The Consequences of a Bad Credit Score

A low, or bad, credit score can cause financial complications. And a bad credit score can even hold you back, costing you more money and more frustration in the long run. 

A low credit score can limit everything from your borrowing ability to your line of available credit to your interest rate. But it could also impact other huge factors. The following are some of the negative effects of a bad credit score.

Financing Denials

When lenders see a bad credit score, they assume a borrower is high risk. And this means you’re less likely to repay the money you borrow, so lenders are less likely to offer you any credit. Your score can result in denied applications, whether you’re trying to open a new credit card or get an auto loan.

Higher Interest Rates

A bad credit score implies risk – and if you default on your loan or fail to repay your credit card, the lender won’t get their money back. As a result, those with low credit scores often get stuck with incredibly high interest rates. And this means you pay more money in interest with every bill you pay.

More Expensive Insurance Premiums

Surprisingly, your credit score affects your insurance premiums. This is because insurance companies say those with bad credit tend to file more claims. So, if you have a poor credit score, you’ll have a higher monthly premium regardless of whether you’ve ever filed a claim.

Does Achieving a Perfect Score Matter?

While good credit is something everyone can strive for, some people want to hit an even more prestigious milestone: perfect credit. An 850 credit score is considered a “perfect” score – and that’s because it’s the maximum score in today’s standard credit range.

So, if a good credit score gives you more freedom than a bad credit score, what happens if you achieve a perfect credit score? Many people assume that you get access to even better financial options.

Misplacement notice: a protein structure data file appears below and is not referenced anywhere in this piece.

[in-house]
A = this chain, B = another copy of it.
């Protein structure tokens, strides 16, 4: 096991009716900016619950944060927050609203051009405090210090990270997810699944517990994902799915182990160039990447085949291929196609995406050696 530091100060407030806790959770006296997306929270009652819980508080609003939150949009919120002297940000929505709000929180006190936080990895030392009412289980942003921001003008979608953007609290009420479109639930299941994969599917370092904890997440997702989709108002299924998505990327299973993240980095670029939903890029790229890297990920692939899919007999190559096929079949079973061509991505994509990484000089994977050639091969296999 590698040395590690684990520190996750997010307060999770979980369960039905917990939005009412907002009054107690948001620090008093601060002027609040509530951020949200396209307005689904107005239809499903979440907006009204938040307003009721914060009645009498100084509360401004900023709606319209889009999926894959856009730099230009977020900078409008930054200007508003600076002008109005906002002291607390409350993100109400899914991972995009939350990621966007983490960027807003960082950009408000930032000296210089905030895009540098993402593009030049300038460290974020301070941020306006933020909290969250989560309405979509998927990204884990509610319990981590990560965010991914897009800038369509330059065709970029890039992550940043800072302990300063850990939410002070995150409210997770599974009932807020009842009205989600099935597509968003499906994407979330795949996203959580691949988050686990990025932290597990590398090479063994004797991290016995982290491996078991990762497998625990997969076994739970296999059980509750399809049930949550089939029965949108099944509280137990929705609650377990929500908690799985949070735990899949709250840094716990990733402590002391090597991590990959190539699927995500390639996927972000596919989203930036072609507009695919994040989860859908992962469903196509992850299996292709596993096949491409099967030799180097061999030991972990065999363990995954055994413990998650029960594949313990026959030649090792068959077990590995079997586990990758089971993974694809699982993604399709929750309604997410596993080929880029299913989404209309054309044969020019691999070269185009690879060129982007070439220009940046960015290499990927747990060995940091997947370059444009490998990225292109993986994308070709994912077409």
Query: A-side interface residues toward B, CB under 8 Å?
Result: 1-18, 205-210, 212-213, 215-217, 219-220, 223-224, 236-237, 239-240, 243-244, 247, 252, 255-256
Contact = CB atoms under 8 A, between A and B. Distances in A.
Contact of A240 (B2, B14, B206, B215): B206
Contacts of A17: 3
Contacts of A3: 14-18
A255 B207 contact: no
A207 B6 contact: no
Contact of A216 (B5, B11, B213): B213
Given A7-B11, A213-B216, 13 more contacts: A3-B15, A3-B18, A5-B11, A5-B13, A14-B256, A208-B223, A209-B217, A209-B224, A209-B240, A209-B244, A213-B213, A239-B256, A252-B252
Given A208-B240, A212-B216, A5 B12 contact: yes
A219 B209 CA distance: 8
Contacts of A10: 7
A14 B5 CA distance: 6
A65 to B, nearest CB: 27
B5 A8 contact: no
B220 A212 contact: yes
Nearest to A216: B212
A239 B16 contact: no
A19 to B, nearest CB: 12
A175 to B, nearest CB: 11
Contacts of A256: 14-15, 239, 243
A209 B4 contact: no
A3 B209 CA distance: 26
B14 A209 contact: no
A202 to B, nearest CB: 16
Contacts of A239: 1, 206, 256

But the truth is nothing really changes.

If you’ve managed to hit the perfect credit score of 850, you won’t really notice a difference. First, and most importantly, achieving an 850 is nearly impossible. Any little red flag or blip on your credit report will keep you from this elusive score.

And if you do have an 850, there are no perks. No lender, no credit card, no financial institution requires an 850 to qualify for its products. Anyone with a good credit score within 90 to 130 points of a score of 850 will be approved for the exact same loan terms and the exact same financing deals.

So, if you’re shooting for a perfect score, know that “good” is absolutely good enough. You can qualify for the very same perks and financial benefits with good credit as with a perfect score.

Make Sure to Pay Attention to Your Credit Score

Your credit score matters. And it might matter more than you realize. It can affect everything from your insurance payments to the interest rate on your credit card. 

That’s why it’s important to stay on top of your credit score. While you don’t need to keep a constant eye on your score, it’s a smart idea to be aware of your score throughout each year. With tools like free credit reports, credit monitoring tools and apps, and websites that can alert you to credit score changes, you can take control of your score. 

When you know where your credit score stands, you’ll be able to take advantage of better offers, better financial deals, and better negotiations.